Every day, Case Western Reserve University students transcend limitations as they make significant contributions toward impactful research. Haojia Li, a fourth-year PhD student in the Department of Biomedical Engineering at the Case School of Engineering, is no exception. Crain’s Cleveland Business recently selected Li, 25, for its “Twenty in their 20s” award. Announced in June, the honor recognizes 20 individuals in Northeast Ohio who have made early impressions through their work. 

In Li’s case, that impact came through research assessing the aggressiveness of breast cancer—and ultimately, the most appropriate treatment—by analyzing tissue using deep learning, machine learning and imaging processing. Li, who arrived at Case Western Reserve in fall 2016, conducts her research through the Center for Computational Imaging and Personalized Diagnostics, directed by Anant Madabhushi, the F. Alex Nason Professor II of Biomedical Engineering.

Li hopes the findings she and the other members of her lab make will benefit patients in clinical settings by helping physicians more accurately make cancer diagnoses and take personalized approaches to treatment methods.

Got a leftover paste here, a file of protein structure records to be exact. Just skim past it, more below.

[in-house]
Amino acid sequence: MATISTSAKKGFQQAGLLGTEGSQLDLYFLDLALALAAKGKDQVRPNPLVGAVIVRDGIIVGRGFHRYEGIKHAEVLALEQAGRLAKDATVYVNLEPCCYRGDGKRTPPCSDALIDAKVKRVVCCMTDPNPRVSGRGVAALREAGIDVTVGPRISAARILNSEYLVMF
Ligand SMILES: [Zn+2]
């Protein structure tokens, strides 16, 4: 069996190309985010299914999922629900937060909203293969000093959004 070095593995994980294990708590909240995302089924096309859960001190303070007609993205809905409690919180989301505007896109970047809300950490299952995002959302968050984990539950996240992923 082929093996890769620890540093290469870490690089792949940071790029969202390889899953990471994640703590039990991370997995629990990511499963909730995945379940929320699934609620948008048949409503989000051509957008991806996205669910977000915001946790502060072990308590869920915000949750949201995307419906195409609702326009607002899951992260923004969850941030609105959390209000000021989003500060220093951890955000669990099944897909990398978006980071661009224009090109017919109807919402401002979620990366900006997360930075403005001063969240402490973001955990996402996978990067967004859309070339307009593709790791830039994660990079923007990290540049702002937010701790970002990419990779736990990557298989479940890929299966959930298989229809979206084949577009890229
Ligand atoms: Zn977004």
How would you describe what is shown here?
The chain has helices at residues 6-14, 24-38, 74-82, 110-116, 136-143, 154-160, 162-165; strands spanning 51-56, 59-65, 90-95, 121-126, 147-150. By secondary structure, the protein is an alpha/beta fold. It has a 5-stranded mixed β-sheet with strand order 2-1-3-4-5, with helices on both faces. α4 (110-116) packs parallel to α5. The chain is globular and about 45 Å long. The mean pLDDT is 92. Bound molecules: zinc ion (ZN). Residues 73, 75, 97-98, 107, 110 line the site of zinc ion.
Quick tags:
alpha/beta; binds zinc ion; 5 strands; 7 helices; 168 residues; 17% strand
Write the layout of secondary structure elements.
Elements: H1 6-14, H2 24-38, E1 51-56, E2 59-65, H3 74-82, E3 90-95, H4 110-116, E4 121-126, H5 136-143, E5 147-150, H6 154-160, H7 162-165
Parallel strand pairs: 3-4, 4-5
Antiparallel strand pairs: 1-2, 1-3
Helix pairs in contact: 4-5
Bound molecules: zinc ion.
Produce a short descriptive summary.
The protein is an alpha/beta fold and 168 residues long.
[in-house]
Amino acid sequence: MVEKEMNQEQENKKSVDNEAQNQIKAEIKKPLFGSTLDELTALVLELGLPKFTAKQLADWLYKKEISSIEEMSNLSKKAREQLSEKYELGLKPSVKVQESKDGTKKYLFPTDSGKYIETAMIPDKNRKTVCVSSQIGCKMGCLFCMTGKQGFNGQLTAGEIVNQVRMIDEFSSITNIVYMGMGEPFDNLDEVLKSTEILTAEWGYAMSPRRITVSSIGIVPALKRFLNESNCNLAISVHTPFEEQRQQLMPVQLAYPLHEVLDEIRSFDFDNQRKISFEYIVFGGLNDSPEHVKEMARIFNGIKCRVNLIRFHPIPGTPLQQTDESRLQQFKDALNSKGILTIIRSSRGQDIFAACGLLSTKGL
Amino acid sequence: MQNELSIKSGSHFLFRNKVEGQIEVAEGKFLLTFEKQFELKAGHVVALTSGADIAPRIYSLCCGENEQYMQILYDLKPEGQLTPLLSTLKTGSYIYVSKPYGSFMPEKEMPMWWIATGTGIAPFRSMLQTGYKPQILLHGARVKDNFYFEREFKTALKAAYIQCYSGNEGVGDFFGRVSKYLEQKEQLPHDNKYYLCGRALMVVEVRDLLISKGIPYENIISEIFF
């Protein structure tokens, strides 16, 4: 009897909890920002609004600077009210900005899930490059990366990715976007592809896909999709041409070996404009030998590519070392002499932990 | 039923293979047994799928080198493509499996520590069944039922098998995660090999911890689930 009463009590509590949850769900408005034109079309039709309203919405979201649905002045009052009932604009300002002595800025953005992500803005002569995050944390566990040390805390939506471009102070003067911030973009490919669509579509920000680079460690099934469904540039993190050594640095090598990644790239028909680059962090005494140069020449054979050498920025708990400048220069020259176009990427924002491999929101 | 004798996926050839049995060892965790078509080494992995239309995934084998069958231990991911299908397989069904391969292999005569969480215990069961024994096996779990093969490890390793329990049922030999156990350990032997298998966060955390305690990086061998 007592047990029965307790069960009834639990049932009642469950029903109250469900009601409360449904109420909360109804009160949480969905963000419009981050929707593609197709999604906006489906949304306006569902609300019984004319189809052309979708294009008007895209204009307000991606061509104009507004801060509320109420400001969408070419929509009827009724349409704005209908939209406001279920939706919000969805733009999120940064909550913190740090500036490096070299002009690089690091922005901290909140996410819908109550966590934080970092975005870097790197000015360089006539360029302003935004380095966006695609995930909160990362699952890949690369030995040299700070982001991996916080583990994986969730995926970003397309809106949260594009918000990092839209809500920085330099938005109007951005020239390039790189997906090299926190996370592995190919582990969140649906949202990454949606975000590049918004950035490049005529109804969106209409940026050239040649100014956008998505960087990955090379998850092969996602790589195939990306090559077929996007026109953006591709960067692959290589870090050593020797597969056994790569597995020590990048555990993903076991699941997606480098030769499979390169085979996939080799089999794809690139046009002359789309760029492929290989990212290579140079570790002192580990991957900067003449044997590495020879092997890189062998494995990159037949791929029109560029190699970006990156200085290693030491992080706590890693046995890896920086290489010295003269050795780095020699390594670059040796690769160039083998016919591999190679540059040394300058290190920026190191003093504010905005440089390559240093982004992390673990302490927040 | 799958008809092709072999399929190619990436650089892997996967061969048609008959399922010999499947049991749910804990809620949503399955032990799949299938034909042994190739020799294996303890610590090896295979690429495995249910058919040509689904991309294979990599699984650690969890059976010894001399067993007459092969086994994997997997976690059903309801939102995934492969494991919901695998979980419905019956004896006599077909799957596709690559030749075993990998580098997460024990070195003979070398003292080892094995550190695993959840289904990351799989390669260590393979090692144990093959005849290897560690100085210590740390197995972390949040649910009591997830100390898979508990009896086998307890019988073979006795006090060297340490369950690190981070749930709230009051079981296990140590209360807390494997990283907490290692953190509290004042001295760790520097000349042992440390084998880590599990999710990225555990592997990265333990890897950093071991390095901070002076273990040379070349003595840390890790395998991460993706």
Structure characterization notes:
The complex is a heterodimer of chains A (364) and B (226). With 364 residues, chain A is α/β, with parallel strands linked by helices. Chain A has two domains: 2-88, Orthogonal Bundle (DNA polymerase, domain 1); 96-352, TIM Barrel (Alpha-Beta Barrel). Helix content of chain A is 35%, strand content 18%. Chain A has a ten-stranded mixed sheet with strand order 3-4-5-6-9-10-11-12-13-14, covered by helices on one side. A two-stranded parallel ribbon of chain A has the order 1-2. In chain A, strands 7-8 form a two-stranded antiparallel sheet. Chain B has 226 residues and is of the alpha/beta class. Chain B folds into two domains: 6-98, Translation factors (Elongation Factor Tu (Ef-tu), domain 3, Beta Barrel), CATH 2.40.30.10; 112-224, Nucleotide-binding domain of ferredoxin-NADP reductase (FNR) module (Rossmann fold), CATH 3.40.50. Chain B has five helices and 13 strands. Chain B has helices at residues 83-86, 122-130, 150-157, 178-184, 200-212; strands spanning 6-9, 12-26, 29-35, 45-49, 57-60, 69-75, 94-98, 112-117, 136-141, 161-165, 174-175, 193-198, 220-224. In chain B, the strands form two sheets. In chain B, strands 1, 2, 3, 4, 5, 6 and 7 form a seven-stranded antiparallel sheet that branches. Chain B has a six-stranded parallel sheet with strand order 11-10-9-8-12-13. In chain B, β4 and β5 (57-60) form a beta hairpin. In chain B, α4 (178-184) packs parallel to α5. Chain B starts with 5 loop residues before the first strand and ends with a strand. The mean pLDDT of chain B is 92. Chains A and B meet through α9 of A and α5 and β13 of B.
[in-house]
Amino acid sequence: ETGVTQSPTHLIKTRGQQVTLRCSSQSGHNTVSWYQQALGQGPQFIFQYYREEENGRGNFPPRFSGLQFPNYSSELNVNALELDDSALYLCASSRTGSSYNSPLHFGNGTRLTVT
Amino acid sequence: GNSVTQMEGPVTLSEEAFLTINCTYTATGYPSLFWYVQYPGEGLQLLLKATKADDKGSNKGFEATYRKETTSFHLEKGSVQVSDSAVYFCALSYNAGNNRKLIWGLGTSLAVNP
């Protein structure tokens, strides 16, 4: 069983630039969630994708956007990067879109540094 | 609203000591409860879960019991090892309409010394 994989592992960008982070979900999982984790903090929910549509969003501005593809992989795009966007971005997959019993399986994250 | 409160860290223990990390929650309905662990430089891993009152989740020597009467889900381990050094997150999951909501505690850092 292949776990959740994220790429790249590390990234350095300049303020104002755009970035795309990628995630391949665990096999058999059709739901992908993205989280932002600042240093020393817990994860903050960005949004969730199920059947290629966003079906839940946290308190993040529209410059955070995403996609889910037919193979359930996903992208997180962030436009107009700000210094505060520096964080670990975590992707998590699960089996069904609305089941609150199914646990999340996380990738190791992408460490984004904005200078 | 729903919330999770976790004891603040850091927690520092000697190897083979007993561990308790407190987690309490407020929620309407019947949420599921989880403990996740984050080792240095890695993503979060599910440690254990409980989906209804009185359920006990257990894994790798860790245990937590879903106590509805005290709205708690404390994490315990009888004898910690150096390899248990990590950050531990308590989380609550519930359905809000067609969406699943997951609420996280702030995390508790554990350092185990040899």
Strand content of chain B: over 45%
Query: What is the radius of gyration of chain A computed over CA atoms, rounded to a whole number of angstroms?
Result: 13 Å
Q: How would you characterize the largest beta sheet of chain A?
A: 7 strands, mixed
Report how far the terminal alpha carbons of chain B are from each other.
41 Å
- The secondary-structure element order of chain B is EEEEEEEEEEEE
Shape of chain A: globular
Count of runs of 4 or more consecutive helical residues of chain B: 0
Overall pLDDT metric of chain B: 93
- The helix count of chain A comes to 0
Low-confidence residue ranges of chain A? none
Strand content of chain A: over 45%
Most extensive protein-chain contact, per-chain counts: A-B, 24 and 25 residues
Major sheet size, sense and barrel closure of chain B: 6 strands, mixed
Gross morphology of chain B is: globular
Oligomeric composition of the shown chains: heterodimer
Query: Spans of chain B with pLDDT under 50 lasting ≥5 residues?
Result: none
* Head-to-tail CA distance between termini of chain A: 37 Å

Impacting patient health is what inspired Li to enter the field of biomedical engineering in the first place. With interests in physics and mathematics and a passion for using logical reasoning to understand natural phenomena, Li knew she wanted to have a career in medicine or health.

“When I found such a major as biomedical engineering, I realized it was a perfect combination of my enthusiasm in engineering and sense of achievement from helping the patients,” she said.

She decided to pursue artificial intelligence after working with computational algorithms to mine information from biomedical images during her undergraduate education at Tianjin University. With a regarded biomedical engineering department and the focus in Madabhushi’s lab centered squarely where her interests were, Case Western Reserve was a natural fit to continue her education. 

In the future, Li hopes to work in a setting that will allow her to continue her work in the field and translate her findings to positively impact patient care.